The Braves and Cubs battled to a standstill for seven-and-a-half innings, but the dynamic duo at the top of Atlanta’s lineup changed all that in just a few swings. With one out in the bottom of the eighth, Ozzie Albies hit a ringing triple, and scored moments later on a shot into left by Ronald Acuña Jr. That gave the Braves a lead they wouldn’t relinquish, as Arodys Vizcaino bounced back from last night’s dreadful outing to slam the door in 1-2-3 fashion.
This was a bounceback of all sorts for the Braves. Not only did they get revenge on the Cubs for last night’s horrid debacle, they also enjoyed a change-of-pace effort from Brandon McCarthy. The veteran righty had been in arguably the worst two-start stretch of his career but stifled the Cubs across six innings, allowing just a single run and only seven baserunners total, while striking out eight.
Tyler Chatwood was working on a very strange season coming into tonight’s game, outplaying all of his peripherals and somehow making it work despite a dreadful walk rate. That wasn’t quite the Tyler Chatwood that showed up tonight, though the Braves displayed much of their aggressiveness at the plate, limiting the trouble Chatwood could wind himself into. They did, however, strike first after McCarthy worked around a one-out Kris Bryant double in the top of the first. Ozzie Albies clubbed the first Chatwood pitch he saw into right center for a leadoff double. Ronald Acuña Jr. then worked a full count before lacing a grounder to second base, advancing Albies to third despite being thrown out. Freddie Freeman then mauled a single over the drawn-in infield to score Albies, giving the Braves an early lead. Both Acuña (110 mph) and Freeman (104) mph really teed off on Chatwood in the inning, but it wasn’t really a sign of things to come. Nick Markakis grounded into a double play to send the game onward.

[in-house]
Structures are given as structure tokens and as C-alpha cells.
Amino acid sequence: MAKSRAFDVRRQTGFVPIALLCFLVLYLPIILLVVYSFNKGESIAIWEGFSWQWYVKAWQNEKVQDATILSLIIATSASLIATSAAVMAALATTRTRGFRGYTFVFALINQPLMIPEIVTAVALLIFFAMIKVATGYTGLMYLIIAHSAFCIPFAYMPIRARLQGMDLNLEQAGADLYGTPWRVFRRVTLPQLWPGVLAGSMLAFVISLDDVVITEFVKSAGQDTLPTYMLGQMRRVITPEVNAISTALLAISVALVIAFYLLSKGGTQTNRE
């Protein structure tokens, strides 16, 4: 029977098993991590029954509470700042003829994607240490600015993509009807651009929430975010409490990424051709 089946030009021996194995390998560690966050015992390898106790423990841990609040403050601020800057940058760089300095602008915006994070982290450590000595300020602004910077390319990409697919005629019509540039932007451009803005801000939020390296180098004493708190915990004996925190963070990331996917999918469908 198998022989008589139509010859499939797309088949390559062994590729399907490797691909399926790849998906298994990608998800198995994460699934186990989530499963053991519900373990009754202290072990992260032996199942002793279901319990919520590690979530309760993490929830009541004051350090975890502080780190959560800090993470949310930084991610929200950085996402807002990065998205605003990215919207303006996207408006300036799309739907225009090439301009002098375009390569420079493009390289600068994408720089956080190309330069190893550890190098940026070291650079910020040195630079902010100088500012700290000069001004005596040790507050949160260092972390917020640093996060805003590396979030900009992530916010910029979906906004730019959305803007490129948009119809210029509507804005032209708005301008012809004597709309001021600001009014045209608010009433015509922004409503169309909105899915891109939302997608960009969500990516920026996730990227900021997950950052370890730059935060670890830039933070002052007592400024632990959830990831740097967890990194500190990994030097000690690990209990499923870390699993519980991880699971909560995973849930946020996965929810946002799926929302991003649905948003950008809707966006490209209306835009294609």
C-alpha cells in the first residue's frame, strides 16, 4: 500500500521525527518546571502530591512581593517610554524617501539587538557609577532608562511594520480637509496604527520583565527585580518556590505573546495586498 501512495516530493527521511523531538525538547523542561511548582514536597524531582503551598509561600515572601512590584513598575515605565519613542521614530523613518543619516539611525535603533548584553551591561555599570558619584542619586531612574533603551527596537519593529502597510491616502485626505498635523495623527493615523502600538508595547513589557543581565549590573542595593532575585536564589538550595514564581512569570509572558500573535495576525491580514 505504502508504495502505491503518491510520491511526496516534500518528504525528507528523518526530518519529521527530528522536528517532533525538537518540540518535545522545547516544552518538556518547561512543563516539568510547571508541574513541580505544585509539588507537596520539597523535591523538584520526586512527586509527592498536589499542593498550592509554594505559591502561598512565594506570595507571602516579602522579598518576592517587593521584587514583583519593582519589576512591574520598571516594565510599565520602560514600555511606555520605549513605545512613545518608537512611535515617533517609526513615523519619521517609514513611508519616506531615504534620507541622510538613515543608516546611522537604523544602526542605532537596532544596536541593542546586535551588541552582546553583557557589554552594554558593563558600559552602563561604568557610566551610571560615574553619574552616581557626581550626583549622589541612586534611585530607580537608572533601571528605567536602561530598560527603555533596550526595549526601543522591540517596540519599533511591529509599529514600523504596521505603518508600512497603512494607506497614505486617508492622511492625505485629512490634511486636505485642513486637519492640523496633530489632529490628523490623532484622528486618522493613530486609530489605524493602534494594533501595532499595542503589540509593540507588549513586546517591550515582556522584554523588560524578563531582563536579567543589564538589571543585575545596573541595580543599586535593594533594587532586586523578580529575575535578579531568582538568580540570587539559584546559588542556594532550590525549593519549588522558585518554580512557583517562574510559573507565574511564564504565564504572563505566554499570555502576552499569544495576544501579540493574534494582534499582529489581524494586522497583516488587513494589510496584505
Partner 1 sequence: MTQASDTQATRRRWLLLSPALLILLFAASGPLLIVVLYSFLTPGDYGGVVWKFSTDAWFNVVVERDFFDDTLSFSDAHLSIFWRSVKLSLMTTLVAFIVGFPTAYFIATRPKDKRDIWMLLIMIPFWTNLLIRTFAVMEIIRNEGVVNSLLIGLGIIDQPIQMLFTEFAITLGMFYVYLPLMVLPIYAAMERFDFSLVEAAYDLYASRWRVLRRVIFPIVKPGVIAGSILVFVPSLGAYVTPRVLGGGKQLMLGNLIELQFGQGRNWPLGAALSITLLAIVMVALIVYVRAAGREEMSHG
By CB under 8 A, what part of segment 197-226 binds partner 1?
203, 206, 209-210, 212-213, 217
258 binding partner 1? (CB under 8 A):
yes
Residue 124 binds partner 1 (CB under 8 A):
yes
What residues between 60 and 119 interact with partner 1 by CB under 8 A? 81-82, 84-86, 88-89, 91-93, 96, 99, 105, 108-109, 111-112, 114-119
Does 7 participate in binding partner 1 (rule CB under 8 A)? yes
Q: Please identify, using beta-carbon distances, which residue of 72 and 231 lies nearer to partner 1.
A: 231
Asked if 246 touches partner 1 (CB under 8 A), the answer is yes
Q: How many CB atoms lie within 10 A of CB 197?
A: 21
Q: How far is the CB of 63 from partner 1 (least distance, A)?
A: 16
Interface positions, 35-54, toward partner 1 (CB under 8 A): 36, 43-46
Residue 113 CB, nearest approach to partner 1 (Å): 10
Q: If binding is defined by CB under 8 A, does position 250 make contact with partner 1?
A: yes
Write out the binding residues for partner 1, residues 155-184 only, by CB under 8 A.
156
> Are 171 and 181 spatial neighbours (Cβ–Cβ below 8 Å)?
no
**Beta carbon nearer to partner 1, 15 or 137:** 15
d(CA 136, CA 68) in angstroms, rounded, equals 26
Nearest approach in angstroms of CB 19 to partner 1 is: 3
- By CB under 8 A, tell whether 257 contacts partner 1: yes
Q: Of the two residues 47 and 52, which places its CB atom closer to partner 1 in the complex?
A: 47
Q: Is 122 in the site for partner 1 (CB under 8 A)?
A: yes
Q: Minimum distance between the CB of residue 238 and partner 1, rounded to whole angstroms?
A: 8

The early innings were quiet. McCarthy allowed a few baserunners (leadoff single in the second, one out single in the third, leadoff walk in the fourth) but kept the Cubs off balance and off the board. He endured a few scary moments, such as a Kris Bryant fly ball to left that seemed like it might leave the yard but nestled harmlessly into Acuña’s glove, and a hard liner off the bat of Anthony Rizzo that was fielded by Albies at second, but was steady overall. Meanwhile, the Braves did nothing against Chatwood, who at one point retired nine straight before a two-out walk to Nick Markakis in the fourth snapped the streak of futility. Tyler Flowers then doubled on a liner to left, but the ball caromed in a way that prevented Nick Markakis from scoring. Ender Inciarte then harmlessly flied out to end that particular threat.
(As a note, that streak of nine straight retired featured a ridiculous catch by Albert Almora Jr. to rob Tyler Flowers of an extra-base hit at the center field wall.)
The Cubs finally cashed in one of their baserunners in the fifth. Ian Happ hit a leadoff single, moved to second on a sacrifice bunt, and then scored on a Kris Bryant two-out single to left. Acuña made a diving attempt on the liner, but could only trap it, and Happ scored easily. McCarthy then bounced back to carve up Anthony Rizzo on three high fastballs. The Braves were once again victimized by the double play in the bottom of the inning, as Ryan Flaherty’s bouncer erased a leadoff walk drawn by Johan Camargo.